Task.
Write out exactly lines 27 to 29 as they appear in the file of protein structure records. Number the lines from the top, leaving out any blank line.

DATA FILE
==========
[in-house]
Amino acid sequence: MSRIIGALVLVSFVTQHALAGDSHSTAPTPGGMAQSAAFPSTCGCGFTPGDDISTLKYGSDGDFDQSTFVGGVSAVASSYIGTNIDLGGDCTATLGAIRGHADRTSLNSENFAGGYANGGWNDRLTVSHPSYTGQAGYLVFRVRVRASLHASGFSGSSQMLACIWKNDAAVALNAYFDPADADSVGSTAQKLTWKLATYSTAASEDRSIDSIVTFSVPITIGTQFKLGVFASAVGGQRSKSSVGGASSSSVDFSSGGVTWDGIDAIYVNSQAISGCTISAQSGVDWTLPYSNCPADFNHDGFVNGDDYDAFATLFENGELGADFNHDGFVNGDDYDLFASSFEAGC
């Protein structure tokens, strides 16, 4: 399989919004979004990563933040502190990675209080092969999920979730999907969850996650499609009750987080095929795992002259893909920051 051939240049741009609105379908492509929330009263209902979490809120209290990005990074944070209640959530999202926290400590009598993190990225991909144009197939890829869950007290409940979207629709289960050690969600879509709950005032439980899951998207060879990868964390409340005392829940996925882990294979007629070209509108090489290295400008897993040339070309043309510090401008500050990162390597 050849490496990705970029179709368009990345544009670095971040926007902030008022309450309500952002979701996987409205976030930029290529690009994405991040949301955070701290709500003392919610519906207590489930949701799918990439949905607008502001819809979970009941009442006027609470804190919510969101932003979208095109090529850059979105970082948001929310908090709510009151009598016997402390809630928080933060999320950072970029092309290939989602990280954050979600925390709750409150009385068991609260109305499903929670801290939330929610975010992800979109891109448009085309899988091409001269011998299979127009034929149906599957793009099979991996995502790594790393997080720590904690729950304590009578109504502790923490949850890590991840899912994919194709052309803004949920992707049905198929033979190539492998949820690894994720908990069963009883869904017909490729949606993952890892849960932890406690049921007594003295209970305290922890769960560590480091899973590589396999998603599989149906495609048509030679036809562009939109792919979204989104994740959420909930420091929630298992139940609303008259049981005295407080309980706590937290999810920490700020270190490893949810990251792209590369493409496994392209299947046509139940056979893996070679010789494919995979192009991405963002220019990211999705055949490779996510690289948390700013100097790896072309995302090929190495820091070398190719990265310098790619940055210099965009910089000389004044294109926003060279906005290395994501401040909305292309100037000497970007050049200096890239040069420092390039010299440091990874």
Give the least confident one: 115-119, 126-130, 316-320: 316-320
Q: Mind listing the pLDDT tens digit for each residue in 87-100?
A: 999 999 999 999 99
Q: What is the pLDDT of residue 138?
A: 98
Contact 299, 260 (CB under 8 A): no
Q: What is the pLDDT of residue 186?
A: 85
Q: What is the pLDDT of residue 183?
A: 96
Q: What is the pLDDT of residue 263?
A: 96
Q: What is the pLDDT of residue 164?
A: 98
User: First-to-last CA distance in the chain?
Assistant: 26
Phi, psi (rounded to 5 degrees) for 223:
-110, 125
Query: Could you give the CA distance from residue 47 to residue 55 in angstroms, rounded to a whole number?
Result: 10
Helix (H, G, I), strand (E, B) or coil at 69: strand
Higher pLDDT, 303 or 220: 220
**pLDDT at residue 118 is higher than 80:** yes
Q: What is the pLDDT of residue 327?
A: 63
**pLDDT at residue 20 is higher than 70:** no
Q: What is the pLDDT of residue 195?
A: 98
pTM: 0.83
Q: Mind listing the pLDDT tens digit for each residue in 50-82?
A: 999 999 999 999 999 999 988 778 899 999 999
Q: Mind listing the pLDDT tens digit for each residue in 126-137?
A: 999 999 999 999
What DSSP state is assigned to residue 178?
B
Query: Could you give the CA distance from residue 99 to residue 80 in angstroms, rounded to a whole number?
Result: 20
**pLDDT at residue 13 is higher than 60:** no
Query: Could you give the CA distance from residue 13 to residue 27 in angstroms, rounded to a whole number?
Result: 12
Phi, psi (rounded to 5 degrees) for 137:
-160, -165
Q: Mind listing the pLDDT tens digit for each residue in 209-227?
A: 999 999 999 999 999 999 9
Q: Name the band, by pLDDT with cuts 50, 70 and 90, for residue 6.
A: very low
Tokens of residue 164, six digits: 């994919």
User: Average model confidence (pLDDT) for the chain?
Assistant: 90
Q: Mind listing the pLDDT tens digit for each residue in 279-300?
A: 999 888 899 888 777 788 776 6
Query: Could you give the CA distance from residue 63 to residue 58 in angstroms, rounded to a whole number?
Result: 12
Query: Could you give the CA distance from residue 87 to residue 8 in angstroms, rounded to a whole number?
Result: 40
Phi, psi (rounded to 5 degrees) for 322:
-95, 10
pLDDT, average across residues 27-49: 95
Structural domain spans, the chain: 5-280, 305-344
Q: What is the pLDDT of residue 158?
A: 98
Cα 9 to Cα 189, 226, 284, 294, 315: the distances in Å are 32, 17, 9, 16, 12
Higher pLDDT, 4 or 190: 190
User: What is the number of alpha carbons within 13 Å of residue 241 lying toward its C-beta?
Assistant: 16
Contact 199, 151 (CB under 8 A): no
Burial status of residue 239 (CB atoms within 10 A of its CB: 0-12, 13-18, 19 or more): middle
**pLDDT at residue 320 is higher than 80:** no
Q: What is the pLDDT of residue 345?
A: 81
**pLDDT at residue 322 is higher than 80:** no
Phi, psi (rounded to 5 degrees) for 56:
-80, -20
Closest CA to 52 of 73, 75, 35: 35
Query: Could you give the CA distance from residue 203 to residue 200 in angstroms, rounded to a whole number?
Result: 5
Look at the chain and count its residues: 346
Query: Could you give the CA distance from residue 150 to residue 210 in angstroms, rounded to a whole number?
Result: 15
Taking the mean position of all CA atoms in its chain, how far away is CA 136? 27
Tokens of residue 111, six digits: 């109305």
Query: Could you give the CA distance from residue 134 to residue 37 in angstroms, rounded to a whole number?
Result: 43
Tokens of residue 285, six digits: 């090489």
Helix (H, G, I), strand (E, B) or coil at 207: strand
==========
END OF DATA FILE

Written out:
Q: What is the pLDDT of residue 327?
A: 63
**pLDDT at residue 20 is higher than 70:** no